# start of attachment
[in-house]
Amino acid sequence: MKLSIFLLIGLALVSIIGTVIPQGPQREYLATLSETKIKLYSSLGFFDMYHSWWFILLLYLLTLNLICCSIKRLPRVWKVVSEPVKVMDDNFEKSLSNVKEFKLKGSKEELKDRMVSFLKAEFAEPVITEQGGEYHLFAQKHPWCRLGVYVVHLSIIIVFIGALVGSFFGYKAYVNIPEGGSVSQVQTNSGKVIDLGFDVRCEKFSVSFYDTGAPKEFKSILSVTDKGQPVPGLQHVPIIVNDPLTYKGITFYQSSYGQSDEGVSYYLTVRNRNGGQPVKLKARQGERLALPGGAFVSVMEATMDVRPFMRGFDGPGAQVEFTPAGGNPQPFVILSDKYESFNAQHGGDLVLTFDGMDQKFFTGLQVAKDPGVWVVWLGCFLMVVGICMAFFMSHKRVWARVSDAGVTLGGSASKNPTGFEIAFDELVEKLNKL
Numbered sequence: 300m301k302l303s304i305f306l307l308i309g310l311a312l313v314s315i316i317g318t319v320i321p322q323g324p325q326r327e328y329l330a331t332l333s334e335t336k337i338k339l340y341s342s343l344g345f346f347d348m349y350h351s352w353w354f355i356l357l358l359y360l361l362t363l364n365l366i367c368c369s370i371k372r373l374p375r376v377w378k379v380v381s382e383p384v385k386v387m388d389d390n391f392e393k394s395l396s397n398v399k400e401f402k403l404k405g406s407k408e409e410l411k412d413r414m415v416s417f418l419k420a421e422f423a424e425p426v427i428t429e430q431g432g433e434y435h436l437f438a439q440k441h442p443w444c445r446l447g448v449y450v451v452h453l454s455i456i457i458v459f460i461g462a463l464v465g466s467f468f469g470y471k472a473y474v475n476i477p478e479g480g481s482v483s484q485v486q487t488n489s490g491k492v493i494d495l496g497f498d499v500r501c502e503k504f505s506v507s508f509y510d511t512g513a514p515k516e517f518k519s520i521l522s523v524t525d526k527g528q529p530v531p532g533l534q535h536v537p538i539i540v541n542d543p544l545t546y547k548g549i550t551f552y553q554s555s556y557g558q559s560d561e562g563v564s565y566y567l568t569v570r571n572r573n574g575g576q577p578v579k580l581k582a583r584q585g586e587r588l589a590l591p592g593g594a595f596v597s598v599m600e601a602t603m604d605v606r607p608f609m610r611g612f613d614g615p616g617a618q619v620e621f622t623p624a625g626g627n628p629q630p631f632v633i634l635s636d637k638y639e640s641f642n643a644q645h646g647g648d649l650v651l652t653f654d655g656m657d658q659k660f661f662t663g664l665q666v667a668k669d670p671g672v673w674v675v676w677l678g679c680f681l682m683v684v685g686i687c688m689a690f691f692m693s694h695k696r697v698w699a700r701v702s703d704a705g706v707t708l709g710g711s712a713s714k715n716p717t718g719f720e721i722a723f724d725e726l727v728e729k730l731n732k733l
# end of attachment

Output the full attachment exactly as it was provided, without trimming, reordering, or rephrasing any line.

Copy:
[in-house]
Amino acid sequence: MKLSIFLLIGLALVSIIGTVIPQGPQREYLATLSETKIKLYSSLGFFDMYHSWWFILLLYLLTLNLICCSIKRLPRVWKVVSEPVKVMDDNFEKSLSNVKEFKLKGSKEELKDRMVSFLKAEFAEPVITEQGGEYHLFAQKHPWCRLGVYVVHLSIIIVFIGALVGSFFGYKAYVNIPEGGSVSQVQTNSGKVIDLGFDVRCEKFSVSFYDTGAPKEFKSILSVTDKGQPVPGLQHVPIIVNDPLTYKGITFYQSSYGQSDEGVSYYLTVRNRNGGQPVKLKARQGERLALPGGAFVSVMEATMDVRPFMRGFDGPGAQVEFTPAGGNPQPFVILSDKYESFNAQHGGDLVLTFDGMDQKFFTGLQVAKDPGVWVVWLGCFLMVVGICMAFFMSHKRVWARVSDAGVTLGGSASKNPTGFEIAFDELVEKLNKL
Numbered sequence: 300m301k302l303s304i305f306l307l308i309g310l311a312l313v314s315i316i317g318t319v320i321p322q323g324p325q326r327e328y329l330a331t332l333s334e335t336k337i338k339l340y341s342s343l344g345f346f347d348m349y350h351s352w353w354f355i356l357l358l359y360l361l362t363l364n365l366i367c368c369s370i371k372r373l374p375r376v377w378k379v380v381s382e383p384v385k386v387m388d389d390n391f392e393k394s395l396s397n398v399k400e401f402k403l404k405g406s407k408e409e410l411k412d413r414m415v416s417f418l419k420a421e422f423a424e425p426v427i428t429e430q431g432g433e434y435h436l437f438a439q440k441h442p443w444c445r446l447g448v449y450v451v452h453l454s455i456i457i458v459f460i461g462a463l464v465g466s467f468f469g470y471k472a473y474v475n476i477p478e479g480g481s482v483s484q485v486q487t488n489s490g491k492v493i494d495l496g497f498d499v500r501c502e503k504f505s506v507s508f509y510d511t512g513a514p515k516e517f518k519s520i521l522s523v524t525d526k527g528q529p530v531p532g533l534q535h536v537p538i539i540v541n542d543p544l545t546y547k548g549i550t551f552y553q554s555s556y557g558q559s560d561e562g563v564s565y566y567l568t569v570r571n572r573n574g575g576q577p578v579k580l581k582a583r584q585g586e587r588l589a590l591p592g593g594a595f596v597s598v599m600e601a602t603m604d605v606r607p608f609m610r611g612f613d614g615p616g617a618q619v620e621f622t623p624a625g626g627n628p629q630p631f632v633i634l635s636d637k638y639e640s641f642n643a644q645h646g647g648d649l650v651l652t653f654d655g656m657d658q659k660f661f662t663g664l665q666v667a668k669d670p671g672v673w674v675v676w677l678g679c680f681l682m683v684v685g686i687c688m689a690f691f692m693s694h695k696r697v698w699a700r701v702s703d704a705g706v707t708l709g710g711s712a713s714k715n716p717t718g719f720e721i722a723f724d725e726l727v728e729k730l731n732k733l